Badgers seek payback after painful loss to Spartans in 2010
“It was tough, really frustrating,” the University of Wisconsin’s sophomore middle linebacker said. “We didn’t play our best game defensively. It was a helpless feeling, personally, and I know how the guys must have felt there.”
Borland was talking about UW’s 34-24 loss to Michigan State in the Big Ten football opener last season—a game he missed because his season had already been cut short by a shoulder injury.
Fourth-ranked UW (6-0,
2-0) returns to East Lansing for a showdown with the No. 15 Spartans (5-1, 2-0) at 7 p.m. Saturday.
Although more than a year has passed since the 10-point loss, UW’s only regular-season misstep, the pain lingers for Bret Bielema’s players.
“I was devastated,” senior free safety Aaron Henry said. “I was completely devastated. I hadn’t been that mad and upset in a while.”
Michigan State rushed for 175 yards and converted nine of 18 third-down chances and two of three fourth-down chances. The Spartans’ clinching touchdown, a 1-yard pass from Kirk Cousins to B.J. Cunningham, came on a fourth-and-goal play with 2:43 remaining.
“They’d always convert,” defensive tackle Jordan Kohout said, “which was embarrassing.”
Talk to any UW player back from last season, and they’ll remind you Michigan State was an outstanding team. They’ll acknowledge the Spartans outplayed UW that day.
Yet, they’ll also acknowledge, grudgingly and sheepishly, that the practices leading to the game weren’t sharp.’
“We practiced so bad that week,” said senior defensive tackle Patrick Butrym, who is questionable because of an ankle injury suffered in the 59-7 victory over Indiana on Saturday. “The Thursday before the game it was just really sloppy. Walking off the practice field, it was like: ‘We’re going to lose this game.’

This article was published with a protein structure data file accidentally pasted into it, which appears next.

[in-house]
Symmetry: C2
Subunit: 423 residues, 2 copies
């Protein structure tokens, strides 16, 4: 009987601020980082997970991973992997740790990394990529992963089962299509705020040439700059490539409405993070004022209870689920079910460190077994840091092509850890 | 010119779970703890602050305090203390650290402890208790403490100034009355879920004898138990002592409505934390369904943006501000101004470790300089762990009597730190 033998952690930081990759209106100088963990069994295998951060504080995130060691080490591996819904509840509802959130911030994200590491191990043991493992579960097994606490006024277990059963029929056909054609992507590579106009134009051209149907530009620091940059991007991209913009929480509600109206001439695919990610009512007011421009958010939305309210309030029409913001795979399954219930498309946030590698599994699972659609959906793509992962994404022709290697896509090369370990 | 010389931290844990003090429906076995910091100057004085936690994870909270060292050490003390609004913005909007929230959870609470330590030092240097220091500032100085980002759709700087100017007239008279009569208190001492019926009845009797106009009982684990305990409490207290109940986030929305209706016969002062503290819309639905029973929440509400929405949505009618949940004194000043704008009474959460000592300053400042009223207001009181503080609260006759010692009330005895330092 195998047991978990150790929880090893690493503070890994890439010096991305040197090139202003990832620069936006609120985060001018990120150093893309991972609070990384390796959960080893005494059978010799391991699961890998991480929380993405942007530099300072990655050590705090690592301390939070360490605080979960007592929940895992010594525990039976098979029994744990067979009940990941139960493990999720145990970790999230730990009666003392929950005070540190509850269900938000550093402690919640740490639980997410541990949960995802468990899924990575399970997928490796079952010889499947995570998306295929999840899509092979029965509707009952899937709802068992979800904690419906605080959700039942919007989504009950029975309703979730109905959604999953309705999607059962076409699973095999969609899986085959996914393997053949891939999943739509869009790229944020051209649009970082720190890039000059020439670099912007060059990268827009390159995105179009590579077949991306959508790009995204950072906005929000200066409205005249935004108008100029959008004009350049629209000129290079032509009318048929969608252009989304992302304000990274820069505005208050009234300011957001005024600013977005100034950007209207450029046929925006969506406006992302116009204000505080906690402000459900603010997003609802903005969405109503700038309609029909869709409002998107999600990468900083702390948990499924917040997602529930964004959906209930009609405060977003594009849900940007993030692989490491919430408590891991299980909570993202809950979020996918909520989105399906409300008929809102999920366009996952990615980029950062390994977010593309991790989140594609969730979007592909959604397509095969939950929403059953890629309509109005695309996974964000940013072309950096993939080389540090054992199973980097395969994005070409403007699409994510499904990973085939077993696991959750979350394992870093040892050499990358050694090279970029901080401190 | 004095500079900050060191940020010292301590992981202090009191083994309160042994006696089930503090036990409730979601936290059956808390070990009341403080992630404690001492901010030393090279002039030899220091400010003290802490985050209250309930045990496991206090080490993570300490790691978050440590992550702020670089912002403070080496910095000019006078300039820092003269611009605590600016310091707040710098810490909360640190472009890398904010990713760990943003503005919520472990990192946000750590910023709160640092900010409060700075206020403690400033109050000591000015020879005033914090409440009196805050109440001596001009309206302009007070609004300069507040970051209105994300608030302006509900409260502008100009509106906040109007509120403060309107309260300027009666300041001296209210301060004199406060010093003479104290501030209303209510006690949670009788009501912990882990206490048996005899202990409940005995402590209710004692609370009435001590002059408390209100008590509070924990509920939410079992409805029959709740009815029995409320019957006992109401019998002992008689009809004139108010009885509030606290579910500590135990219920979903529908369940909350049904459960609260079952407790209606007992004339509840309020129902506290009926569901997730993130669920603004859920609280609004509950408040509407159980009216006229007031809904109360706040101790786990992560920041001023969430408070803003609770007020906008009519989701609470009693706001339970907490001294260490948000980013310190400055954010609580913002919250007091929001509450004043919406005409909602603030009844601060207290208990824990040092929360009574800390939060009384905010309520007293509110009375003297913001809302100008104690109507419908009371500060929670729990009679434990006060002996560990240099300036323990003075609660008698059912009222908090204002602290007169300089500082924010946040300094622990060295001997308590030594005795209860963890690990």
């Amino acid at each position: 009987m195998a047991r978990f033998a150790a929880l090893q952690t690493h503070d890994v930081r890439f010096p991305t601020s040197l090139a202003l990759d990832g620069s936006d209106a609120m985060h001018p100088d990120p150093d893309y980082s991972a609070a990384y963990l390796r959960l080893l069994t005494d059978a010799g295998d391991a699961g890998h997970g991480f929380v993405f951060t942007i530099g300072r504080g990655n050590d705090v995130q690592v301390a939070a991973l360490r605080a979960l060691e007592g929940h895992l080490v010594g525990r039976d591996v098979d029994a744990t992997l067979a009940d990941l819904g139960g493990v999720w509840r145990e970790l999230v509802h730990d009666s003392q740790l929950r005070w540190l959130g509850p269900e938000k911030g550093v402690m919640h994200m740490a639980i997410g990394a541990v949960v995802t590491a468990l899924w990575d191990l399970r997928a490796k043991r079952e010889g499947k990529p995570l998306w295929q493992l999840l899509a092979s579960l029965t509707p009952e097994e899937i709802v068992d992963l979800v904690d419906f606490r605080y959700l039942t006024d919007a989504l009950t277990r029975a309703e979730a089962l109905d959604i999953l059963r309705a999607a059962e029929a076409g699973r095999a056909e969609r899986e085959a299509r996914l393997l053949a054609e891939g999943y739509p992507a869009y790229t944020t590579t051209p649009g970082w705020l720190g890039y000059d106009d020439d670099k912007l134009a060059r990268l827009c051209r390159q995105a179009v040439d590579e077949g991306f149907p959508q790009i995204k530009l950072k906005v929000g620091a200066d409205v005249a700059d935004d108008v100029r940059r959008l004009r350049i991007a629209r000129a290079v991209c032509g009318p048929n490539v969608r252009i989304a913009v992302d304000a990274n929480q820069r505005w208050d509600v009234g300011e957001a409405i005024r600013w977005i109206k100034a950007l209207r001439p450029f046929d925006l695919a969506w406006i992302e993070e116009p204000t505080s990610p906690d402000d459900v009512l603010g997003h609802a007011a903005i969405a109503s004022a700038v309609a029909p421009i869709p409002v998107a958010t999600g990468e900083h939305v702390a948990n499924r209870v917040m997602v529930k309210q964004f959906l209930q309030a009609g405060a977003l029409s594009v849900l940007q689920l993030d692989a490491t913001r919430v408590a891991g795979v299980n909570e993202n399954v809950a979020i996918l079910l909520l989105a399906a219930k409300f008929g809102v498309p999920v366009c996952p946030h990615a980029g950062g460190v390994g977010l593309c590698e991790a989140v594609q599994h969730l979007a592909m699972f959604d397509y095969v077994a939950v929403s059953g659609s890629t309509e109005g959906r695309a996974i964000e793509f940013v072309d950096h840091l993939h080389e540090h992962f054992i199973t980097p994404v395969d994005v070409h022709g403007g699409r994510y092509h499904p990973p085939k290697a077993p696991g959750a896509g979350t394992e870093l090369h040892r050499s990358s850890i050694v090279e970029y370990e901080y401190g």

“That game really made us mad.”
Borland, who leads UW in tackles this season with 58, remembers seeing Michigan State’s offensive line open lanes for the running backs. He also recalls several mental errors on defense that resulted in big hits for Michigan State.
“We had some flat-out (mental) mistakes,” he said. “Those are the hardest things to deal with. If they beat you physically, that’sone thing. But when you give them stuff, which I think we did a little bit last year, that is really frustrating.”
After UW’s victory over Indiana, Bielema said he needed to share much of the blame for last season’s loss.
“I probably didn’t stress playing on the road in the Big Ten as much as I should have going into that game,” he said. “To win Big Ten games on the road, that’s when you win championships.
“I think our guys will embrace the opportunity. I think they’ll be excited about the challenge.”
That excitement was palpable in the comments by UW players after the victory over Indiana.
Tailback Montee Ball, who had fallen to No. 3 on the depth chart by the time UW played Michigan State last season, had two carries for 6 yards.
“We owe them,” Ball said. “We’ve got to make sure we practice hard and carry that practice into the game.”
The excitement and anticipation for this rematch doesn’t reside solely in Madison.
Shortly after Michigan State defeated arch-rival Michigan on Saturday, Spartans safety Isaiah Lewis warned UW would be facing one of the top defenses in the nation.
“Wisconsin should know we’re coming,” Lewis told ESPN.com. “They have a good offense, and that quarterback (Russell Wilson). But they should just know our defense is coming.
“And just like any other team, if they’re throwing the ball up, our DBs are going to go get it, our linebackers are going to go get it, and our lineman are getting after the quarterback. And they’re going to hurt him.”
UW’s players weren’t aware of Lewis’ comments on Saturday, but tailback James White couldn’t hide his excitement.
“It’s going to be a lot of fun,” he said. “It’s going to be a hostile environment. That’s what we like.
“It’s just another game to prove to the nation that Wisconsin football is for real.”